Snooker Tips for Beginners
Andrew Parker - December 16, 2022

Have You Earned Your Tomorrow

By Edgar Guest

Is anybody happier because you passed his way? Does anyone remember that you spoke to him today? This day is almost over, and its toiling time is through; Is there anyone to utter now a kindly word of you?

Did you give a cheerful greeting to the friend who came along? Or a churlish sort of "Howdy" and then vanish in the throng? Were you selfish pure and simple as you rushed along the way, Or is someone mighty grateful for a deed you did today?

Can you say tonight, in parting with the day that's slipping fast, That you helped a single brother of the many that you passed? Is a single heart rejoicing over what you did or said; Does a man whose hopes were fading now with courage look ahead?

Did you waste the day, or lose it, was it well or sorely spent? Did you leave a trail of kindness or a scar of discontent? As you close your eyes in slumber do you think that God would say, You have earned one more tomorrow by the work you did today?

Two players use cues and colored balls on a snooker table in this popular game. Although you may have never tried snooker, you’ve undoubtedly heard of the game. You may also be familiar with the fun of pool or billiards, which are commonly used interchangeably despite significant distinctions in the necessary equipment and the rules of play. However, if you like to improve your snooker skills, consider the following advice:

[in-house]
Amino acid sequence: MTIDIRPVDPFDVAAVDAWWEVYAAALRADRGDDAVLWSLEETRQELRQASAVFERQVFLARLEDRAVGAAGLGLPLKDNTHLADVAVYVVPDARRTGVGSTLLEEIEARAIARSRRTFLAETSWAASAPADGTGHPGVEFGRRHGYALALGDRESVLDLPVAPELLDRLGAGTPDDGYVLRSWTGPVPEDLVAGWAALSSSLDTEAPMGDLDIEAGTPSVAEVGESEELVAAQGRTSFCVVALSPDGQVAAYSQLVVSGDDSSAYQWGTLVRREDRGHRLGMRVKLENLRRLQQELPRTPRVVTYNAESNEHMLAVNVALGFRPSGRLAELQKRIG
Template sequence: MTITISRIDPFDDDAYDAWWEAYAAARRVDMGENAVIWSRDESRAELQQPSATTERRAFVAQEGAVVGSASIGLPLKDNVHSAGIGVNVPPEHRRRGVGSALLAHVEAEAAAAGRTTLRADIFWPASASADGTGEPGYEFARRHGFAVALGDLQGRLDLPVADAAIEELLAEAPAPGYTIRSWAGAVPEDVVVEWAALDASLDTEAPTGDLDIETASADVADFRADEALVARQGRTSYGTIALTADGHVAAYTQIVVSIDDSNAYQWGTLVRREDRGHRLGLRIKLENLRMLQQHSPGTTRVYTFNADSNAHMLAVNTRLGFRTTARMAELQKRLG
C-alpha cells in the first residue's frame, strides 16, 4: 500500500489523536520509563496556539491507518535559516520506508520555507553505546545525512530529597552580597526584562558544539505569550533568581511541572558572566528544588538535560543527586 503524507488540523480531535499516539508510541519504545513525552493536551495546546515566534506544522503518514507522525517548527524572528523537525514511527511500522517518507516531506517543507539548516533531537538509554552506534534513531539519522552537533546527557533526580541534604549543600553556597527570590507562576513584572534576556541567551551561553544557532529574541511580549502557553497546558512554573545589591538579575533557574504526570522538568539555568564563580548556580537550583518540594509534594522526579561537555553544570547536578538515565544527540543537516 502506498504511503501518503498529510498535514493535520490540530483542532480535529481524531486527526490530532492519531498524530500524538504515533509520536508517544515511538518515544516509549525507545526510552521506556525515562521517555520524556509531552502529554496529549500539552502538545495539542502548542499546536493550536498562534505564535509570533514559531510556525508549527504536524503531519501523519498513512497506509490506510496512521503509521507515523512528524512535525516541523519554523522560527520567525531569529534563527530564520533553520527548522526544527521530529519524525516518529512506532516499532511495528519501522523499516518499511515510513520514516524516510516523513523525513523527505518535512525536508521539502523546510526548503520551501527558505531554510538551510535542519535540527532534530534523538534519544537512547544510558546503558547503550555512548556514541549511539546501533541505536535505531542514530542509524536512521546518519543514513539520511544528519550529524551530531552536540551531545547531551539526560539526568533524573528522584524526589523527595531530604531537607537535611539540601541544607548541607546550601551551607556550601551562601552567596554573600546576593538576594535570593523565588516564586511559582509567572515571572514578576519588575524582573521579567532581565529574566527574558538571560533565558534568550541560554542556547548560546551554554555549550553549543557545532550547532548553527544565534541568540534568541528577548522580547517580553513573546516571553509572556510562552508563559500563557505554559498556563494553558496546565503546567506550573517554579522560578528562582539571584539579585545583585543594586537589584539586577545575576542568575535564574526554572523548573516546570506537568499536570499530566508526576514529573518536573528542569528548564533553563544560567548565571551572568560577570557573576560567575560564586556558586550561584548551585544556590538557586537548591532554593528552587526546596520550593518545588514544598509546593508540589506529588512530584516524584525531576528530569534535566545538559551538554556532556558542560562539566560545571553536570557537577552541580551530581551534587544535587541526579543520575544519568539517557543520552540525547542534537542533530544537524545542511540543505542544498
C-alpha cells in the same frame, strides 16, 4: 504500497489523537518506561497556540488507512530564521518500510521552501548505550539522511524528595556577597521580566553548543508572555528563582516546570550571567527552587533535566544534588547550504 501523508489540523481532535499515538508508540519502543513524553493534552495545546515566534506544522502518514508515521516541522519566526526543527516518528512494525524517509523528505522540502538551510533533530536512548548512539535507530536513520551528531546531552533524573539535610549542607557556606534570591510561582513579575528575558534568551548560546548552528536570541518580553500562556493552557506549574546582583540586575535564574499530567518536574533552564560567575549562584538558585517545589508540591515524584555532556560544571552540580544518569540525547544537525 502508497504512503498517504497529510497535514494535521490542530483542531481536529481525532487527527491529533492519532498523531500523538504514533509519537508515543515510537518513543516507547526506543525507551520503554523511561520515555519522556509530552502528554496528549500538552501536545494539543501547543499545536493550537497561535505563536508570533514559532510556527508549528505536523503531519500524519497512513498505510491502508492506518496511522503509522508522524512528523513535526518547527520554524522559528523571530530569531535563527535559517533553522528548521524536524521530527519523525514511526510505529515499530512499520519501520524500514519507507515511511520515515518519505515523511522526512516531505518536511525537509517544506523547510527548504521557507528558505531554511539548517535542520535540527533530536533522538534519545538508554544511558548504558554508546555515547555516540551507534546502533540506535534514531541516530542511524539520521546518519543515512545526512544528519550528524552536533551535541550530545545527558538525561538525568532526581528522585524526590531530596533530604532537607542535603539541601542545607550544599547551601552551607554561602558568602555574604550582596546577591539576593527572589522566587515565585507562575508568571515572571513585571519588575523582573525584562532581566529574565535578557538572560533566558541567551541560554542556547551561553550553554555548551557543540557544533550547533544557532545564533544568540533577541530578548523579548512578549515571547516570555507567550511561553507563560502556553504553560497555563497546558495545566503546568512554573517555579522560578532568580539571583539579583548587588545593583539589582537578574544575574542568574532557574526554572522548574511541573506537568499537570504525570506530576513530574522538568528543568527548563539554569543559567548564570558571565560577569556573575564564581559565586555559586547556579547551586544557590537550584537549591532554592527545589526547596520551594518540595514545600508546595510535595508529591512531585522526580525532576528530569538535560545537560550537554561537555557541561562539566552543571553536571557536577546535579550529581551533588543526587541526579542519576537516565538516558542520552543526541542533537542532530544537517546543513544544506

Taking a direct, square aim at the ball is essential. If you’re right-handed, you may get closer to the shot and more accuracy by bending your left knee and straightening your right leg. This will allow you to drop your shoulder and get down low on your cue. Your grip should be accessible enough so that the shot doesn’t have too much force behind it but not so loose that you can’t control it.

Your bridge should be stable enough to support your shot yet slack sufficient to allow the cue to travel freely. If you want to play a variety of shots with bent or straight fingers, an open bridge is your best bet. There should be a delay before you bring the cue back and again before you play the snooker shot. This will allow you to gauge whether or not you’re in the ideal position to make the shot before you commit to it, increasing your odds of success.

Your cue arm should be the only part of your body that moves when you make a shot. Your bridge, hips, feet, and head should all be totally motionless; otherwise, you’ll botch your attempt. It’s crucial to stop at the beginning and end of your stroke to see if your shot will be precise and if your bridge is stable enough for your shot. There are two pauses in the process: the first comes before the cue is retracted, and the second comes just before the shot is taken. Waiting for these conditions will increase your chances of getting a pocket.